Women gathering together is a universal activity that translates in every culture.
And there’s nothing quite like a room full of women who gather bringing international food! The air fills quickly with curry and repetitive conversations. We each have to restate words several times to comprehend what is being said through thick international accents. (Or, in my case, a thick southern accent.)
Learning to love foreigners is a process.
We don’t automatically love foreigners. Have you noticed that? Scripture says,
The foreigner residing among you must be treated as your native-born. Love them as yourself… — Leviticus 19:34
One way to learn to love them is to invite them into your home.
Inviting foreigners into your home opens up space in your heart to learn to love and communicates favor and friendship to them. While it is quite simple, there were a few things I had to work at the first time I had foreigners in my house:
Work at dissolving presuppositions.
They came in wearing black burquas, they took off their robes and shoes, and went to the bathroom to fix their hair. All of sudden these foreigner women that crowded around a mirror, chatting and laughing, seemed like…well…normal women. Did I really think they weren’t normal because they wore a burqua or had a red bindi on their forehead? They were women. Like me. I’m the one who mentally put them into a different category. We often make assumptions about someone’s life based on a 3-minute news clip we saw on TV. We must work at seeing women as women, no matter their culture or beliefs.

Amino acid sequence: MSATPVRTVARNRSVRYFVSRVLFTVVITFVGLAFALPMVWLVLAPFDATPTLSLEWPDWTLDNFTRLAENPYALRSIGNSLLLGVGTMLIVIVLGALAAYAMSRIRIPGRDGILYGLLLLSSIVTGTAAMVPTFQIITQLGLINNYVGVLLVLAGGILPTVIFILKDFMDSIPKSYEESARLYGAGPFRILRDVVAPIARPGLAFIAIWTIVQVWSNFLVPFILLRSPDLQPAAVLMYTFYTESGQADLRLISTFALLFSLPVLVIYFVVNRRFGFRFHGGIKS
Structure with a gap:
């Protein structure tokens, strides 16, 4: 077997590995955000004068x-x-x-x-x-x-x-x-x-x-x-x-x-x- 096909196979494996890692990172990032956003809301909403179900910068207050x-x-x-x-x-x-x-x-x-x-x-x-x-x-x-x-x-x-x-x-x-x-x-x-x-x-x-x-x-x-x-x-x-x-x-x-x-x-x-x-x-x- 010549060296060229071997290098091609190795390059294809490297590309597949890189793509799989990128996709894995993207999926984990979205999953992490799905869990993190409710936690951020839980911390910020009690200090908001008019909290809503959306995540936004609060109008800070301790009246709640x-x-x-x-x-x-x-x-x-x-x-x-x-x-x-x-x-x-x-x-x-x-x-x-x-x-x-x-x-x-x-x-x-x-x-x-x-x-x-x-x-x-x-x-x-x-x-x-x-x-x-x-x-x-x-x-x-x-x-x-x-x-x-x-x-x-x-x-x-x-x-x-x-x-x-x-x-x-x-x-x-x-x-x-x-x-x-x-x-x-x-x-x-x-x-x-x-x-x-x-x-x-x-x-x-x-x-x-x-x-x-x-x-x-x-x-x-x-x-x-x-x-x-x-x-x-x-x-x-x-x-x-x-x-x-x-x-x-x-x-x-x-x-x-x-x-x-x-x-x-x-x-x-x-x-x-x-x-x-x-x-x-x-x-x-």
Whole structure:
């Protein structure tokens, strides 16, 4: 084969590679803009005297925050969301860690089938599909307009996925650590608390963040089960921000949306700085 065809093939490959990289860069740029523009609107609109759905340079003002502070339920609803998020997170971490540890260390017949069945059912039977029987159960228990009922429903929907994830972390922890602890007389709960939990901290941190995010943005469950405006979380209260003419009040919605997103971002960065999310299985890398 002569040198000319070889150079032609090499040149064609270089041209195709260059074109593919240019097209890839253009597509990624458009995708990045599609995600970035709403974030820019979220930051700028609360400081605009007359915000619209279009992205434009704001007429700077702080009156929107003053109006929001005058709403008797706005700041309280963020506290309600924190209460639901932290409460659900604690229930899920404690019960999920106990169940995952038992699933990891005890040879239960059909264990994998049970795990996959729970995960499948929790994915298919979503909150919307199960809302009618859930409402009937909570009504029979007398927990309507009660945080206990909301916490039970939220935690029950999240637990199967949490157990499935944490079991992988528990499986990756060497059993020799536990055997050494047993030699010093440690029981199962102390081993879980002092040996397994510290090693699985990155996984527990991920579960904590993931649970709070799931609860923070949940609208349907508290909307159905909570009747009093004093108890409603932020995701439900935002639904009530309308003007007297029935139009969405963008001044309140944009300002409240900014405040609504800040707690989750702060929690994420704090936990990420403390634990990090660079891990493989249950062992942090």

Work at being comfortable with being present.
Americans have watches, but other cultures have time. We are fast-paced americans that feel awkward with silence. When building a friendship with a foreigner, there will be quiet moments where you’ll feel uncomfortable. They probably don’t. In many cultures, presence communicates friendship; even in silence. Work at not rushing and just being present.
Work at learning their religion and culture.
Learning about another religion is not denying your own. Asking questions communicates a posture of being interested and often gives insight into why they believe what they do. Ask questions – Why do women cover their head? Have you been to Mecca? What does the red dot on your forehead mean? These are not offensive questions. You’re learning. They want to learn, too. By learning about them, you’ve created a safe place for them to ask you questions. And they will – Why do you teach people to drink Jesus’ blood? Why do you baptize? Why do you put ice in your tea?
Work at being confident in the power of the gospel.
Love the gospel, but lose the sales-pitch. We are not Jesus-salesmen. We don’t have to convince someone that the gospel is true. The gospel has the power to salvation for those who believe. And we need to lose the fear that we might have to defend our faith. There is a place for apologetics. Often these casual conversations are not it. Ask them to tell a story about their god, and you will eventually have an opportunity to story the gospel.
Work at contextualizing.
Don’t alter who you are, but learn to do things acceptable in their culture. I’ve so messed this up. The first time I had hindus into my house I cooked chicken! (They were vegetarian.) Develop a keen awareness to cultural cues and implement them. I’ve learned to “bobble” my head side to side and I’ve learned to eat rice with my hands. They want to learn American culture, too, and a feel a mutual friendship when you learn theirs.
Work at creating margin to live life with them.
Our lives are busy and we can schedule ourselves right out of a life on mission. After you’ve had them in your home, what’s your next missional step to connecting with them?
Many foreigners living in the States want an American friend. Statistically, few have found them. Let us be women who work at loving foreign women.
Have you opened your home to internationals? If not, what keeps you from doing so?
If so, what lessons have you learned in your interactions with foreigners?
Share your wisdom with us in the comments.
Published February 25, 2015